Monday, November 15, 2010

NEW RIVER NATURE PRESERVE

NEW RIVER NATURE PRESERVE New River Just north of the New River exit on I-17 in the valley off to the right is a slender band of green standing out like the odd fluorescent crayon in a box of mundane desert hues. Cluttered with a mix of fan palms, willows, mesquite, native walnuts, cottonwood, gum and sycamore trees, this tiny, Garden-of-Eden-esque strip of arboreal slendor thrives on perennial spring waters. Deeded to the Desert Foothills Land Trust in 1994, this rare 20.8-acre habitat will now be preserved for future generations and is open during daylight hours to hikers and people on bikes or horseback. Although short in length, there are plenty of opportunities for exploring. Several well-worn side paths leave the main dirt trail leading to secluded coves and rocky washes where active wildlife including hawks, coyote, rabbits, javalena, deer and countless birds populate the hillsides and treetops. Hike this oasis in spring for a fabulous display of wildflowers, or take a stroll in fall to see the arboreal canopy ablaze in shades of gold. Best time for fall color is mid-November through mid-December. LENGTH: 1-mile roundtrip (exploratory) RATING: easy ELEVATION: 2,150-2,240 feet BEST SEASON: October - April GETTING THERE: From Phoenix, go north on I-17 to the New River exit (exit 232) . Go east for about an eighth mile to the frontage road where there’s a “welcome to New River” billboard beyond the stop sign. Turn left (north) here and continue roughly 2.2 miles (the road turns to dirt after 1 mile, but it’s passable by sedan) to a 3-way junction where there’s a row of mailboxes and a street sign reading Coyote Pass/Old Stage Road. Park across from the mailboxes. There's room for about 3-4 cars. Do not block the private driveways in the area. From here, follow the dirt road straight ahead and in about 0.1 mile, there will be a New River Preserve sign and a gate. Hike down the road and explore. INFO: http://www.dflt.org/, 480-488-6131, info@dflt.org MORE PHOTOS: http://www.facebook.com/photo.php?pid=621622&l=9d0f33e37f&id=1795269672

Wednesday, November 10, 2010

SPUR CROSS-METATE-TOWHEE LOOP

SPUR CROSS-METATE-TOWHEE LOOP Spur Cross Ranch Conservation Area, Cave Creek This short loop hike makes for an excellent introduction to the diverse bio zones of Spur Cross Ranch Conservation Area. The route wanders through rare mesquite bosques, creekside riparian habitats and a forest of some of the most outrageous saguaro cactuses anywhere. Handy steppingstones make short work of crossing usually shallow Cave Creek while gentle uphill grades lead to high ledges where views of famous local geological features like Elephant Mountain, Sugarloaf and Skull Mesa soar over pristine swaths of Sonoran desert. The route is well signed and maintained. Park rangers and volunteers offer a full schedule of public programs that range from hikes to archeological sites to talks on native flora and fauna. Check out the Web site below for details. HIKE DIRECTIONS: From the permit kiosk, hike straight ahead on the wide dirt road to the first major trail junction and take the left leg (heading northwest) of the Spur Cross Trail (SX). Follow SX 0.2 mile to the Metate Trail (MT) junction, hang a right (northeast) and follow MT 0.2 mile to the Towhee Trail (TW). Veer right onto TW, which will rejoin MT in 0.2 mile. Follow MT 0.5 mile back to SX, hang a right (south) and continue 1.5 miles back to the trailhead. LENGTH: 2.8-mile loop RATING: easy ELEVATION: 2,200 – 2,300 feet BEST SEASONS: October - April GETTING THERE: Spur Cross Ranch Conservation Area is located approximately 35 miles north of central Phoenix. Interstate 17, State Route 51, and Loop 101 can all be used to reach the park. From the intersection of Carefree Highway and Cave Creek Road head north on Cave Creek Road about 2.5 miles to Spur Cross Road. Turn north for approximately 4.5 miles to the public parking area. After 3 miles the road turns to all-weather graded dirt and is passable by sedan. The last 1.5 miles can be confusing; continue north on the graded road past the green house, through the tall gateposts and on past the horse corrals to the signed public parking area on the right. FEE: $3 daily fee per person. Bring exact change for the self-serve permit kiosk. FACILITIES: port-o-potties INFORMATION & MAP: www.maricopa.gov/parks/spur_cross/Directions.aspx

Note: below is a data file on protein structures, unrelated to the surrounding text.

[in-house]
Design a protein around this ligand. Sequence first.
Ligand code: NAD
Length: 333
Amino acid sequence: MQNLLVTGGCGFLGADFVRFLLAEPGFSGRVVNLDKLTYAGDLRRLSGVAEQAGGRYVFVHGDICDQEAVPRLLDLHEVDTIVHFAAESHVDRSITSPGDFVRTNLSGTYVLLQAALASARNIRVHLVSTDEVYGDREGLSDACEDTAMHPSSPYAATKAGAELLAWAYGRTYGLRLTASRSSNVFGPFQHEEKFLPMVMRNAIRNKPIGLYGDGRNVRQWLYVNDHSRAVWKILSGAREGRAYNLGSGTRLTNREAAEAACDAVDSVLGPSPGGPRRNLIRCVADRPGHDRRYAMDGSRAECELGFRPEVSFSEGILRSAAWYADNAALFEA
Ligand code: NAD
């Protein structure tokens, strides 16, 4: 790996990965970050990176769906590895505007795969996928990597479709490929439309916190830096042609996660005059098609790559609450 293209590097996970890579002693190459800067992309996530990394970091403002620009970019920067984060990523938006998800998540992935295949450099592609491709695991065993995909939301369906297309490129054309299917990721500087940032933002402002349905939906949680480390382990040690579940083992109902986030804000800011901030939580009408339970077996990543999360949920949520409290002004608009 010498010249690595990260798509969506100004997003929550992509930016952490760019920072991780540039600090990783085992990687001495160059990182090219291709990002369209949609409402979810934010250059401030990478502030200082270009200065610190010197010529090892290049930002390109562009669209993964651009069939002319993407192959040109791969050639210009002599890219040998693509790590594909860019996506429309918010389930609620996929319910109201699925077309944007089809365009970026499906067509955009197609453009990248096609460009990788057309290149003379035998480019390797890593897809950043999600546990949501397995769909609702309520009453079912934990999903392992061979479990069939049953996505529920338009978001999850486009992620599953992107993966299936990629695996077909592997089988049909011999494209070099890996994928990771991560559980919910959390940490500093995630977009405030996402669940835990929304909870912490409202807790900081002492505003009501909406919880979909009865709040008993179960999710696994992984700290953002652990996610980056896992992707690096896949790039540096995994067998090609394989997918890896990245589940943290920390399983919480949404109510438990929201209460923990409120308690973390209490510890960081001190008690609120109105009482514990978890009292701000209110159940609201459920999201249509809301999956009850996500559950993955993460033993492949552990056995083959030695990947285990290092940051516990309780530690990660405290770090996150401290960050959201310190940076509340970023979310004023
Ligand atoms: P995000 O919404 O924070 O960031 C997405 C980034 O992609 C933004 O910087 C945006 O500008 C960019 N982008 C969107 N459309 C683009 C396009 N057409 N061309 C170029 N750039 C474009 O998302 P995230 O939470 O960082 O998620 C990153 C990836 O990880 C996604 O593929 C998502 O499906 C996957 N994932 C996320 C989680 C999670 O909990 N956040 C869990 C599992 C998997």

Sunday, November 7, 2010

JOE'S HILL

Joe's Hill as seen from the Sunset Point rest area
JOE’S HILL Agua Fria National Monument Next time you’re traveling along I-17, make a stop at the Sunset Point rest area near Black Canyon and look east across the freeway. That low mound sitting above the Agua Fria Canyon is Joe’s Hill, a shield volcano like the ones in Hawaii. Although it’s possible to hike to the summit of this hill, you’ll need good route-finding skills, at least a high clearance vehicle and much patience to do so. For geology buffs, this volcano has a lot to explore, but for the average hiker, the big draw is getting to look down into the gorge of Agua Fria Canyon. This is of particular interest to hikers who have explored the canyon from Badger Springs Wash---this hike takes you to the edge of the cliffs above. LENGTH: 3 miles (exploratory) RATING: moderate (cross-country, bushwacking) ELEVATON: 3,600 – 4,045 feet BEST SEASONS: October - April GETTING THERE: From Phoenix, go north on I-17 to Bloody Basin Road (exit 259). Turn right and follow Bloody Basin Rd. roughly 11 miles to Forest Road 14. Go right (south) and continue to the second unmarked dirt road on the right. From here, it’s a quagmire of un-maintained dirt roads---so you’ll basically head toward the mound of Joe’s Hill as far as your vehicle will allow. We got to within a half-mile of the volcano’s base in a Jeep. Do your research, get maps and drive at least a high-clearance vehicle. From your parking spot, head toward the hill and pick your way up. GPS: N 34.18753 and W -112.06321 INFO & MAP: http://www.blm.gov/pgdata/etc/medialib/blm/az/images/afria.Par.65014.File.dat/aguafriamap.pdf